It covers why he recommends EaZ-Lift over other brands, and it has to do with more surface area in the sleeve resulting in less wear.

He covers why 1,000 pound bars rather than 600 pound bars for my particular setup and even has a tire recommendation. Good stuff.
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Old 12-04-2013, 08:01 AM   #47
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Our first TV came with an aftermarket bolt on (pre Can Am days). One weak point was the 2" square tube. One of the mods I made to was to fabricate and weld on 1/4" side plates.

PS.... these days I much prefer to have the more experienced Can Am folks to do this kind of mod, or better still design and install a custom build.
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Old 12-04-2013, 09:58 AM   #48
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Originally Posted by TinLoaf View Post
My correspondence was all through e-mail. If you send me a private message with your e-mail address I can forward the e-mail chain.

It covers why he recommends EaZ-Lift over other brands, and it has to do with more surface area in the sleeve resulting in less wear.

He covers why 1,000 pound bars rather than 600 pound bars for my particular setup and even has a tire recommendation. Good stuff.
Email sent. Thanks a ton!
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Old 12-04-2013, 10:51 AM   #49
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Can-Am runs steel from the receiver down to a point below the vehicle. It's not pretty, but it's functional.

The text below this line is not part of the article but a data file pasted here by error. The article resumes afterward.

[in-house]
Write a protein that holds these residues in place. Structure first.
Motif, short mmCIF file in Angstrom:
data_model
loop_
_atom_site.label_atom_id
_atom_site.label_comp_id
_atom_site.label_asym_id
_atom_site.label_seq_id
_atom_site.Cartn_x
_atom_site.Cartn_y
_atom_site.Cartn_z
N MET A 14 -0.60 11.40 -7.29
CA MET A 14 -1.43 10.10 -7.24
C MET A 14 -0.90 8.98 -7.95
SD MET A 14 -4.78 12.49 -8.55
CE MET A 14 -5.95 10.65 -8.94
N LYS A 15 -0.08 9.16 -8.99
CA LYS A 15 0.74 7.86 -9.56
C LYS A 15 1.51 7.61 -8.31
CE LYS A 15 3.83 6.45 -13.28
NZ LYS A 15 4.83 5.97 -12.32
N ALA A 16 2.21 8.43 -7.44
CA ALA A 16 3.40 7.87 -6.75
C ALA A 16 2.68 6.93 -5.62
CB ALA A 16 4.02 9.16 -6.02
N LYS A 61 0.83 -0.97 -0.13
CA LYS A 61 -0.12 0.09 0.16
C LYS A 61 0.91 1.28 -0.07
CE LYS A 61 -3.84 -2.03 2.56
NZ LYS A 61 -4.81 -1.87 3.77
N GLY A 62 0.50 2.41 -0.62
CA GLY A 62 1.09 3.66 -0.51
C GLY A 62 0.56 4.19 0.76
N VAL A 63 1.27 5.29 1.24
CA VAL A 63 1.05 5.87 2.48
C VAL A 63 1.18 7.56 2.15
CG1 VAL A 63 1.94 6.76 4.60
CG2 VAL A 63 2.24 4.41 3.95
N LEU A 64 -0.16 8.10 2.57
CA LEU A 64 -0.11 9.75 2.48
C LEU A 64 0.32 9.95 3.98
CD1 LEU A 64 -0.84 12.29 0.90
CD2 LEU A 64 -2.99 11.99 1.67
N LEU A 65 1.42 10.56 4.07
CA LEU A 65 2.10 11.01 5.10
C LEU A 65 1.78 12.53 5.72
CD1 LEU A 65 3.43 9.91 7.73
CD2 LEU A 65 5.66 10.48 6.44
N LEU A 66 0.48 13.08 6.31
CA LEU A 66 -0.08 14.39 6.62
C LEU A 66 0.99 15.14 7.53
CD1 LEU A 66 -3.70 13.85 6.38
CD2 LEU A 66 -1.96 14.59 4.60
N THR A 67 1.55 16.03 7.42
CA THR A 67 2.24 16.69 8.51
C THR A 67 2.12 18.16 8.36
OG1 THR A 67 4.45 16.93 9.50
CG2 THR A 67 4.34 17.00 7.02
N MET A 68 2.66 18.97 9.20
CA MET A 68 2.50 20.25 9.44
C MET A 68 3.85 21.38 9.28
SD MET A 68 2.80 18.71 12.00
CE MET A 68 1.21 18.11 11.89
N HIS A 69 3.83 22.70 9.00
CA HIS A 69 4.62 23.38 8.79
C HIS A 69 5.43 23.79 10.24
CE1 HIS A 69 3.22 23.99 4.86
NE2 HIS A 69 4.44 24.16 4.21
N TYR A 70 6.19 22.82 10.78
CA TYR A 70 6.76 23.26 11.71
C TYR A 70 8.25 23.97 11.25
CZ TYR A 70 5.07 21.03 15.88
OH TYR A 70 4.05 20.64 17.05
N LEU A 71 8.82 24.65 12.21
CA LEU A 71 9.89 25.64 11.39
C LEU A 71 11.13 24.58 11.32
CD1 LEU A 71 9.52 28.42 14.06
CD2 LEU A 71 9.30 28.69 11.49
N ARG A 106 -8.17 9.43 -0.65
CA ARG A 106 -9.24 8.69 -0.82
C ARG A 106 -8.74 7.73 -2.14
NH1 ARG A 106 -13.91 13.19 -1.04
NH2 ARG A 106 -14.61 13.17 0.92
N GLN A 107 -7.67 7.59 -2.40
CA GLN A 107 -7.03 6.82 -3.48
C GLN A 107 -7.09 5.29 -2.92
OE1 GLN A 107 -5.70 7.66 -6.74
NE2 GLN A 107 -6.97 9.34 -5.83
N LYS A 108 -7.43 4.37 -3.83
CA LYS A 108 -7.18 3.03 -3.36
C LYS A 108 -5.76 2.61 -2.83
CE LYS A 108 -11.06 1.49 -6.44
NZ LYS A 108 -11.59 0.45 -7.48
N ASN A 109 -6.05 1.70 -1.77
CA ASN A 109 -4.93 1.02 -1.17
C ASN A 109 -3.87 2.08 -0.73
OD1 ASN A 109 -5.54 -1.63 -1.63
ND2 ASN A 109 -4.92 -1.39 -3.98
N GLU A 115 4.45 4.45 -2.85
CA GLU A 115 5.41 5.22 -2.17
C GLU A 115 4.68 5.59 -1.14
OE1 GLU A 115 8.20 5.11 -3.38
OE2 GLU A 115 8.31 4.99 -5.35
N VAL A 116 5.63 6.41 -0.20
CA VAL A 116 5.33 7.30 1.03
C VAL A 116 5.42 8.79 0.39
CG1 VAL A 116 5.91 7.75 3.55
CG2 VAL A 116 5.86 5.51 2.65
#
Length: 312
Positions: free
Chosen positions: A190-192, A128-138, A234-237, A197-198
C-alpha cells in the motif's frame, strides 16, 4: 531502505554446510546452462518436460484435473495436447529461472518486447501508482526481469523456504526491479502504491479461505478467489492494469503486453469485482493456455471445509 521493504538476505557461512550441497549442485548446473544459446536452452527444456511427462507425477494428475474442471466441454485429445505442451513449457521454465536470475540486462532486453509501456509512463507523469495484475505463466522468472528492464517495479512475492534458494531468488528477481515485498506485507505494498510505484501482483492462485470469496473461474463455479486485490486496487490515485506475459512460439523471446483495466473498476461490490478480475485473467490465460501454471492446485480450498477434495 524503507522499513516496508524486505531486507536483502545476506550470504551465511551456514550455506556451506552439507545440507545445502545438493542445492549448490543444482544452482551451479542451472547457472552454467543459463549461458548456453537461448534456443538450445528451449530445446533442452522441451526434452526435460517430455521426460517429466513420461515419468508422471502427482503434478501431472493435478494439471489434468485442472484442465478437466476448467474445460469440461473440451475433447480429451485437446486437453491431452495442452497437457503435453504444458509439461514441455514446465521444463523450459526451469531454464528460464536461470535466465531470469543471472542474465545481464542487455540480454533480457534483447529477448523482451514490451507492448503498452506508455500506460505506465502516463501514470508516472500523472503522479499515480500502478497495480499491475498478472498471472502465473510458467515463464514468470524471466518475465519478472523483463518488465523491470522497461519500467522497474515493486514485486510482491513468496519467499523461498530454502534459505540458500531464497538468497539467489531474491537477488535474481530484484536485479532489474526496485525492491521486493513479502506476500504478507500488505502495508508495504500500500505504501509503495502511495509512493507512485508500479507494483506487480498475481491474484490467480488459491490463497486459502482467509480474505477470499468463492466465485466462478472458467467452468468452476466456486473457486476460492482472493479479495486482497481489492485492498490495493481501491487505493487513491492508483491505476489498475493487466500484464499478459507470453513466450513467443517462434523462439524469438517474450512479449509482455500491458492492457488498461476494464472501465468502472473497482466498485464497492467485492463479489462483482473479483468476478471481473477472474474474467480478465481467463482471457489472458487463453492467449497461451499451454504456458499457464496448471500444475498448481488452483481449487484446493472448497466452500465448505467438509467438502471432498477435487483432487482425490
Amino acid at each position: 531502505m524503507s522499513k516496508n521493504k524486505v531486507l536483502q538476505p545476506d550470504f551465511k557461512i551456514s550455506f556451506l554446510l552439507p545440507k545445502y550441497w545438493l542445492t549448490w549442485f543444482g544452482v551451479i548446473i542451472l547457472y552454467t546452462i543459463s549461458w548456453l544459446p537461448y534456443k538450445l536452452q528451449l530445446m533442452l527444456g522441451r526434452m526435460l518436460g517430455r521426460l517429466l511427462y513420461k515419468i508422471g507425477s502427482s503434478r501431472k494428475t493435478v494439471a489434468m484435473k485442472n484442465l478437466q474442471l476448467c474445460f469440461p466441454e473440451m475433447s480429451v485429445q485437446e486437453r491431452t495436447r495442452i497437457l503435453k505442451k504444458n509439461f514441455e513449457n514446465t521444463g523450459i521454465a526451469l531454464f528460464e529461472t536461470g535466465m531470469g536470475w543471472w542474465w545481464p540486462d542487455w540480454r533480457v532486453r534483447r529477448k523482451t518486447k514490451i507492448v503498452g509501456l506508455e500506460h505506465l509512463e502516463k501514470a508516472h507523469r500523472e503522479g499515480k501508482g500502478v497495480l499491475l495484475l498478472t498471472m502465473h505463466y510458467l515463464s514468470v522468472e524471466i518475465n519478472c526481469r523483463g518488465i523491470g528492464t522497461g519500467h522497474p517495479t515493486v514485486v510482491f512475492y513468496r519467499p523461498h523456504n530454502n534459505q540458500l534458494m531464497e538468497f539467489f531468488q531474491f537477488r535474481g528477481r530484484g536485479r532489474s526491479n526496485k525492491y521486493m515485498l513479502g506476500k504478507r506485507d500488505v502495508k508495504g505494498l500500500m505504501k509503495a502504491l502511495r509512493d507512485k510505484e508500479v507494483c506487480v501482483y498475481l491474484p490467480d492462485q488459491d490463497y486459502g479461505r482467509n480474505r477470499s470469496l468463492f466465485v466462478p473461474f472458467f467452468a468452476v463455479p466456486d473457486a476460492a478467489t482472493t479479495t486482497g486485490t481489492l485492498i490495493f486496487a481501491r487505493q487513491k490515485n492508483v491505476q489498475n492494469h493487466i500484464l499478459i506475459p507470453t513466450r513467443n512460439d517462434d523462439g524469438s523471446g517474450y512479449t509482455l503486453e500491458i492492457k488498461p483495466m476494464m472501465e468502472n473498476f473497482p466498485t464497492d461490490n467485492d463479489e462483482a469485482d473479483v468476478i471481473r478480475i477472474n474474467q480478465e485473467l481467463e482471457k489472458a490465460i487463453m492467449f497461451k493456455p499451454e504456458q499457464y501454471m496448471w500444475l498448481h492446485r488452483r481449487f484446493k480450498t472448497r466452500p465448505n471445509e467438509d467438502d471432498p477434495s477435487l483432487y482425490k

You could probably have a local welding shop do the same thing based on photos.
Interesting to be sure. Regarding the most forward parts, what part of the body is that welded to? Is it a cross member, or the sheet metal of the unibody, or what? (Sorry, I may not know the right terms).

I just listened to an Podcast featuring a Q&A with Andy, and he many times mentioned twisted and damaged receivers and that he often strengthens, modifies and otherwise tweeks them on all vehicles. His expressions of how much force can be applied to these with WD bars is truly startling to me. I am going to be examining my receiver VERY closely this afternoon.
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Old 12-04-2013, 02:12 PM   #50
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Another setup by Can-Am RV...

2011 Chevy Traverse hauling a 25SS Safari. Tow package had to be added. Andy used a Class III after-market hitch and reinforced it by welding two angle-irons from just behind the receiver to a cross-brace behind the spare tire. The spare tire mount had to be remounted down a few inches to accommodate the extra supports as can be seen in the photos. Although the Hensley wasn't required, I've been using one since we upgraded from a popup and swear by it. I wouldn't tow with anything else.

For full details and photos check out this thread...
http://www.airforums.com/forums/f238...rse-91344.html






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Old 12-04-2013, 04:16 PM   #51
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Interesting to be sure. Regarding the most forward parts, what part of the body is that welded to? Is it a cross member, or the sheet metal of the unibody, or what? (Sorry, I may not know the right terms).
I've been fortunate to have peeked under many Can Am set up TV's. They have a variety of different ways to make the existing parts stronger/or designing custom builds. All seemed to have a lot of thought that went into the process.